Not really a change inside the language, apart from performance, but more support during development is now offered. Editor experiences such as IntelliSense for data binding and resources, “Go To Definition” support for navigating styles, and code snippets have been improved. Design experience in Blend now sports guides. New Windows 8.1 XAML controls like AppBar, Hub, and Flyout have been introduced; and the XAML UI Responsiveness tool has been introduced. This tool allows us to track the responsiveness of our XAML controls. This comes in handy to determine where and when your app freezes or is a bit slow to respond. For more information on the XAML UI Responsiveness tool, have a look here.

JavaScript and HTML

The code editor supports identifier highlighting and includes a navigation bar, which makes it easier to navigate the source code. This is probably my favourite change thus far!  IntelliSense includes notes about deprecated APIs and “Go to Definition” supports navigating namespaces. The DOM ( Document Object Model ) supports inline styles, direct editing, search and most importantly IntelliSense! The JavaScript Console also now supports IntelliSense as well as object preview and multiline support.

New Tools in Visual Studio 2013


With CodeLens (Code Information Indicators) you can find code-related information faster and easier. CodeLens works like a heads-up display in the code editor. With CodeLens you can:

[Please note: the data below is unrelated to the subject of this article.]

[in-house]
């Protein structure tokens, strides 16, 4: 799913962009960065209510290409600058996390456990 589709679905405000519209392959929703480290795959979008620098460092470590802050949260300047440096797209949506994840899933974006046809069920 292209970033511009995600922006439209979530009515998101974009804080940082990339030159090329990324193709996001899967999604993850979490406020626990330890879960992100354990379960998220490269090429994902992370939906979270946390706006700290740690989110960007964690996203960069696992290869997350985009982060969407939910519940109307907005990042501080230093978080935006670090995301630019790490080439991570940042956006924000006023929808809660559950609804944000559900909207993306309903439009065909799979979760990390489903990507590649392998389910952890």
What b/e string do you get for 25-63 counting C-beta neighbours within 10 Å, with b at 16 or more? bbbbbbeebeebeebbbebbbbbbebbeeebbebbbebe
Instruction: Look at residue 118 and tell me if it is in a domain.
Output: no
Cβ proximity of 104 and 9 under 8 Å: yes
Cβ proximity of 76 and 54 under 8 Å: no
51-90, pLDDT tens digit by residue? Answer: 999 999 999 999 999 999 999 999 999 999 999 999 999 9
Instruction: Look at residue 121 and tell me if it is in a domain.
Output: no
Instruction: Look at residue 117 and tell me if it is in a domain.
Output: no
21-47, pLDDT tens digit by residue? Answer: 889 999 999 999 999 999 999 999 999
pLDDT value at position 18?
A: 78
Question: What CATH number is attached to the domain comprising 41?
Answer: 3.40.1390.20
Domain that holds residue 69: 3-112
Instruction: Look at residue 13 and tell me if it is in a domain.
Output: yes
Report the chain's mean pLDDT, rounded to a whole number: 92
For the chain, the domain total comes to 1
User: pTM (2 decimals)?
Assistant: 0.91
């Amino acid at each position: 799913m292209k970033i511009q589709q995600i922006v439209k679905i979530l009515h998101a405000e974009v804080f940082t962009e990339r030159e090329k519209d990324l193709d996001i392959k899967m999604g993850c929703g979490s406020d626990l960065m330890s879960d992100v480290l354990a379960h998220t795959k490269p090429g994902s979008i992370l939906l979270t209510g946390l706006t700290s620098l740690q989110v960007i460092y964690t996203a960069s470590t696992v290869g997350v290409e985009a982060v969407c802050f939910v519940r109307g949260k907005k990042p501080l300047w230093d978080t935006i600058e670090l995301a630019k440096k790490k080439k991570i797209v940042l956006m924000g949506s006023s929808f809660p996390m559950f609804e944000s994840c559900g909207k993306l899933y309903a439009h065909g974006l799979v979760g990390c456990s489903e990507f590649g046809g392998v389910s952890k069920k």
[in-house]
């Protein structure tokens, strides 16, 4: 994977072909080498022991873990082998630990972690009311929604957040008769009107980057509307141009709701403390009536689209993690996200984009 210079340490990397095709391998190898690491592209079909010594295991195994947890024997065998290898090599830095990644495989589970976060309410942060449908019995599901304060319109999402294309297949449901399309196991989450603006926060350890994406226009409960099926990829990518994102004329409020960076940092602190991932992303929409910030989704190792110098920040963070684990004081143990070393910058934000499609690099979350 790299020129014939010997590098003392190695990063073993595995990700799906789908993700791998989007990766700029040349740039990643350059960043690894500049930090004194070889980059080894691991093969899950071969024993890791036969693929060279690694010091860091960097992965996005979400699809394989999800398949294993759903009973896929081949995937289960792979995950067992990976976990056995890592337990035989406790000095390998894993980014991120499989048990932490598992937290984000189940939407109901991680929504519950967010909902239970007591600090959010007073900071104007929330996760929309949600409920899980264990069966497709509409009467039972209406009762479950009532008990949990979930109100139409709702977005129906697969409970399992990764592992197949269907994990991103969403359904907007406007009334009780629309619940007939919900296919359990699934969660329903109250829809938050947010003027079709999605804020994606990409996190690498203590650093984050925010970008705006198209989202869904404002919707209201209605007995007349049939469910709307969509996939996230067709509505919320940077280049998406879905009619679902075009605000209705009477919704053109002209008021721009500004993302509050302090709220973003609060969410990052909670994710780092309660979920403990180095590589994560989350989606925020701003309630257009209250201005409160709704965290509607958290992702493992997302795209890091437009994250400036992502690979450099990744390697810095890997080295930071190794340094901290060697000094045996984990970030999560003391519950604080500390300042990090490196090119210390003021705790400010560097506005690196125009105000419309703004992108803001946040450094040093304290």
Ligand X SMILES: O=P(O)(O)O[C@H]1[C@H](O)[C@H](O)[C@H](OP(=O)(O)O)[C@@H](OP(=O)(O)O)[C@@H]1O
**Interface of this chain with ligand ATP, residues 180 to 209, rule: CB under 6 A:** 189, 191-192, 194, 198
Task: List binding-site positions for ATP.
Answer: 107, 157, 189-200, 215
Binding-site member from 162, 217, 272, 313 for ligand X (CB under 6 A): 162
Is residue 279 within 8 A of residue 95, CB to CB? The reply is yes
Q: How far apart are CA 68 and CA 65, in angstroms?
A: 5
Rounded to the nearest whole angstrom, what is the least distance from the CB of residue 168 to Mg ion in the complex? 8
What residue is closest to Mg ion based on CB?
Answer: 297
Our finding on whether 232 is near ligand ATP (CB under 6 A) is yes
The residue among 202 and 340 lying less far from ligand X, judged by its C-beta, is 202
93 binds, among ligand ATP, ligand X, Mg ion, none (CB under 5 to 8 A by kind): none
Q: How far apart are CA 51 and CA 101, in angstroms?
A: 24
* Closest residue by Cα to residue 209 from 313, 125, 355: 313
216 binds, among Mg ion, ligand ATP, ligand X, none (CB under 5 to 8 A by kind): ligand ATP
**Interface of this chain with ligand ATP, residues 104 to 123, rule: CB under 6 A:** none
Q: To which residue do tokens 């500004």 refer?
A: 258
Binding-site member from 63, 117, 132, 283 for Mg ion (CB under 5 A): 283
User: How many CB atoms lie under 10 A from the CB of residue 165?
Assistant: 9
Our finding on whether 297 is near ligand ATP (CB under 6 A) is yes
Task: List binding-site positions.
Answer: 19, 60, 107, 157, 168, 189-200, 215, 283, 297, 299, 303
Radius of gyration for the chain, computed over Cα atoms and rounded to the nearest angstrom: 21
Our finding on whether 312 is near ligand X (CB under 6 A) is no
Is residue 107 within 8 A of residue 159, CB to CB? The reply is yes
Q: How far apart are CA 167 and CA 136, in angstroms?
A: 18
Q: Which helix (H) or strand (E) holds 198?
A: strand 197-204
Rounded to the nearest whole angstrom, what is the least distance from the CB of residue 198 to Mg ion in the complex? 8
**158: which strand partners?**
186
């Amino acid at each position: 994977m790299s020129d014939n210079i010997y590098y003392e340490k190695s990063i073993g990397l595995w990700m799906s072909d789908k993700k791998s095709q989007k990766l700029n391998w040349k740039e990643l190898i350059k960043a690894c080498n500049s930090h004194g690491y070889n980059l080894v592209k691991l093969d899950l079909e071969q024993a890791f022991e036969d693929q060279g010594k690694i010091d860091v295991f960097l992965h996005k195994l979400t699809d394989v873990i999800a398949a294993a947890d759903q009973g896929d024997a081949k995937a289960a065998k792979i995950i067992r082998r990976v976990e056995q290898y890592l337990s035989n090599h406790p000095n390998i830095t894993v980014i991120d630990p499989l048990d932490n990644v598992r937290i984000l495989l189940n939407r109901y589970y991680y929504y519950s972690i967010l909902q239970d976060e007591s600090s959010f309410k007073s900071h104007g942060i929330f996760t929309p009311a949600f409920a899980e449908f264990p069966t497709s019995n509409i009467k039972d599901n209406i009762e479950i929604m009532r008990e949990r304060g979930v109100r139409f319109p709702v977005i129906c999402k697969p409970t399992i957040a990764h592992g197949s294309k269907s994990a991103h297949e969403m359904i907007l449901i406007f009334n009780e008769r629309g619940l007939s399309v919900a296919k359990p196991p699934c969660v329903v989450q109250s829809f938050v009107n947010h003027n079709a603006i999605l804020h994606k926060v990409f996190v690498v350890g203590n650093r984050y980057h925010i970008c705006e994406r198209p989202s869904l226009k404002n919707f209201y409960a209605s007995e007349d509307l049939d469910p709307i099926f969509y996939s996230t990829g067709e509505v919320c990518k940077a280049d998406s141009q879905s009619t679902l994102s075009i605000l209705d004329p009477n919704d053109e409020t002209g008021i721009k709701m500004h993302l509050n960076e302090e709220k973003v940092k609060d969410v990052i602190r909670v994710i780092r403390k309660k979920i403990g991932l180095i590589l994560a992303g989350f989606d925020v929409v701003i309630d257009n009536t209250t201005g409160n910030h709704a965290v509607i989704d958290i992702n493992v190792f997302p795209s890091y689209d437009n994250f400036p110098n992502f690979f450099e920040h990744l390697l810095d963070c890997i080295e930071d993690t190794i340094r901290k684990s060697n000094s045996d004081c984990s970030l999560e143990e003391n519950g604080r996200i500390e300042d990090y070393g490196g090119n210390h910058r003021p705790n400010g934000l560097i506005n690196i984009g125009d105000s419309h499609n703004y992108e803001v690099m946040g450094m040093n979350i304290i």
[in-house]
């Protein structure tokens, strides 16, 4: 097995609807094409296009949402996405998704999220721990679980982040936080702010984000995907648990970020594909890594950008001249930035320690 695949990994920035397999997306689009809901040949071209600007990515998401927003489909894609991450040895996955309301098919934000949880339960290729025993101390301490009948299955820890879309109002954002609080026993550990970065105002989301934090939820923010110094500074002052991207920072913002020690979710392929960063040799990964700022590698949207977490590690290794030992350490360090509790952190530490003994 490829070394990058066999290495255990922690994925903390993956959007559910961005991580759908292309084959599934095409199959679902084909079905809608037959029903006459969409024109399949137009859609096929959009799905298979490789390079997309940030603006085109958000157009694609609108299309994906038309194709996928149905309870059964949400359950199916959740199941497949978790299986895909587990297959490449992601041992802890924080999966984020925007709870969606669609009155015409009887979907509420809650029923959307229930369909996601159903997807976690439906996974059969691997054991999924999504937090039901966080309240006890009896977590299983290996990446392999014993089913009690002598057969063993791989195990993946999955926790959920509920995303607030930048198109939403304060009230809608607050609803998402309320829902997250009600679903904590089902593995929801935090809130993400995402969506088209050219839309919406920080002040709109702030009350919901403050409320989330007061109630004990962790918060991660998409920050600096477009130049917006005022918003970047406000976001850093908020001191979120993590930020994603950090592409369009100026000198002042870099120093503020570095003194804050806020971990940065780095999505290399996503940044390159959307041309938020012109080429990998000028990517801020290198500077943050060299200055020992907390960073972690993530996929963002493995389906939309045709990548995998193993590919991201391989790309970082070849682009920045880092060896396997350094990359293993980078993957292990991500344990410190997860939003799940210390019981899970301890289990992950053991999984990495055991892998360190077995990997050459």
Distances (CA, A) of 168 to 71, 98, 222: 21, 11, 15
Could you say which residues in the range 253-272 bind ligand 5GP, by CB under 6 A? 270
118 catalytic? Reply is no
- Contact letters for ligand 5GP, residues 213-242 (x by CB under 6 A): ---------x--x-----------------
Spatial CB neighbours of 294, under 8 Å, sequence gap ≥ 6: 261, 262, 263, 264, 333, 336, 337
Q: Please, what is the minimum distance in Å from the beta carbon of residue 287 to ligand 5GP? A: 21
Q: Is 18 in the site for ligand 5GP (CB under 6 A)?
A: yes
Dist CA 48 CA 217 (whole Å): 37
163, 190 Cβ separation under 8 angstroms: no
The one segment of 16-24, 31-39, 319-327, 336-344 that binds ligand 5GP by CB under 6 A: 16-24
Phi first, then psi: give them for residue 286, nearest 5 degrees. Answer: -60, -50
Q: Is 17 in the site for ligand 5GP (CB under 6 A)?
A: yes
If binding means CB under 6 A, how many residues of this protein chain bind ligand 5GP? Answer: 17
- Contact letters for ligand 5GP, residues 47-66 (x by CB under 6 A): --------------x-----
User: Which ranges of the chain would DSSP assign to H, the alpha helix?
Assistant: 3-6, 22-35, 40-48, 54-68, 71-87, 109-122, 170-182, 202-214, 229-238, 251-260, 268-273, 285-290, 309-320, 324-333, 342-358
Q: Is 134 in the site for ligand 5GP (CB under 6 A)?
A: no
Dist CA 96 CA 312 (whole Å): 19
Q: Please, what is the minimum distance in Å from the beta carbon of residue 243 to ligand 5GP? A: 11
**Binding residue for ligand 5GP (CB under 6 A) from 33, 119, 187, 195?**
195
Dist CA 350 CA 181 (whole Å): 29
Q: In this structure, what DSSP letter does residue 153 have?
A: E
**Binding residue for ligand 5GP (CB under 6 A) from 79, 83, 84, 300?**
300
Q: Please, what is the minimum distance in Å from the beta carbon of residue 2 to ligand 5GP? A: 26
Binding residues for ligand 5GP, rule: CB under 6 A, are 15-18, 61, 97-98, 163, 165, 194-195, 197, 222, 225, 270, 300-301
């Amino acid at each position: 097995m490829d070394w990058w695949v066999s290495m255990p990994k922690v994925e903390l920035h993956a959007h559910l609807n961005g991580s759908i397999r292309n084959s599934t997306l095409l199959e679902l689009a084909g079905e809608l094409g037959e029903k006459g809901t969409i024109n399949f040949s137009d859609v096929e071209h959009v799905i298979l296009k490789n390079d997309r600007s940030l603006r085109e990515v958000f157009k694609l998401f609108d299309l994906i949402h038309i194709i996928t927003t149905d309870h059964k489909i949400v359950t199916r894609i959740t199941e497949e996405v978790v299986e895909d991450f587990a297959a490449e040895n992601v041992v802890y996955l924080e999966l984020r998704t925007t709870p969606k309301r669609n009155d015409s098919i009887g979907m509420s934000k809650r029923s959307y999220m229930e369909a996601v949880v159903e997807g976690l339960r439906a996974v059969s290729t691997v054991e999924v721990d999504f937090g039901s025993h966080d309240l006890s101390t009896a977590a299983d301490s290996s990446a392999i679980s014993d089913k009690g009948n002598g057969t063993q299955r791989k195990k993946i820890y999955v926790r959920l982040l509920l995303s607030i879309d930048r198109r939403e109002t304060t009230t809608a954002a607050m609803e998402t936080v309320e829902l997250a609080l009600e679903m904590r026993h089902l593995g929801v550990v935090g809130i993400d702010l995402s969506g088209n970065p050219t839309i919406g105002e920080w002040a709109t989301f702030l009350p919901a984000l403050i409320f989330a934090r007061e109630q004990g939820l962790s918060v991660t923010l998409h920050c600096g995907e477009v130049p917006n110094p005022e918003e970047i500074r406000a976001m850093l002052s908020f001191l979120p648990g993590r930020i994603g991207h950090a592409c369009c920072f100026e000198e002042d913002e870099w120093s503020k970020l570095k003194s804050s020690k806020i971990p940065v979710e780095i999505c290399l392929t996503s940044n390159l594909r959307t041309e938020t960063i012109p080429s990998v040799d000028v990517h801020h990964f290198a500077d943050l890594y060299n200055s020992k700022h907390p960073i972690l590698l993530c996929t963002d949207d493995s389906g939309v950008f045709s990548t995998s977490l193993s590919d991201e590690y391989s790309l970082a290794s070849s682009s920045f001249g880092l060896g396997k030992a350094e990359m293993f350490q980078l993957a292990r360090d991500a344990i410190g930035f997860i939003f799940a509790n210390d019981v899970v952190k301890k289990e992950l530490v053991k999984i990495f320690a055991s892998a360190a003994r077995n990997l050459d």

• Find changes specific to code
  • Find dependencies on specific code
  • Find and run unit tests for specific code

For more information on CodeLens, have a look here.

Performance and Diagnostics Hub

These tools include as quoted from MSDN:

  •  JavaScript Memory. First introduced in Visual Studio 2012 Update 1, this tool helps you understand memory usage and find memory leaks in JavaScript Windows Store apps.
  •  HTML UI Responsiveness. First introduced in Visual Studio 2012 Update 2, this tool helps you isolate UI responsiveness problems in JavaScript Windows Store apps by providing rich visualizations of work being done on the UI thread.
  •  XAML UI Responsiveness. New in Visual Studio 2013, this tool helps you understand UI responsiveness problems in C#/XAML and C++/XAML Windows Store apps by providing rich visualizations of work being done on the UI thread.
  •  Energy Consumption. New in Visual Studio 2013, this tool enables you to estimate your app’s energy consumption without the need for any specialized hardware.

For more information on the Performance and Diagnostics hub, have a look here.


Obviously, this is just a small taste of what to expect of Visual Studio 2013. As more information becomes avaialable, we will learn more. Go ahead, download the preview and start enjoying Visual Studio 2013. Until next time, cheers!

Hannes DuPreez
Hannes DuPreez
Ockert J. du Preez is a passionate coder and always willing to learn. He has written hundreds of developer articles over the years detailing his programming quests and adventures. He has written the following books: Visual Studio 2019 In-Depth (BpB Publications) JavaScript for Gurus (BpB Publications) He was the Technical Editor for Professional C++, 5th Edition (Wiley) He was a Microsoft Most Valuable Professional for .NET (2008–2017).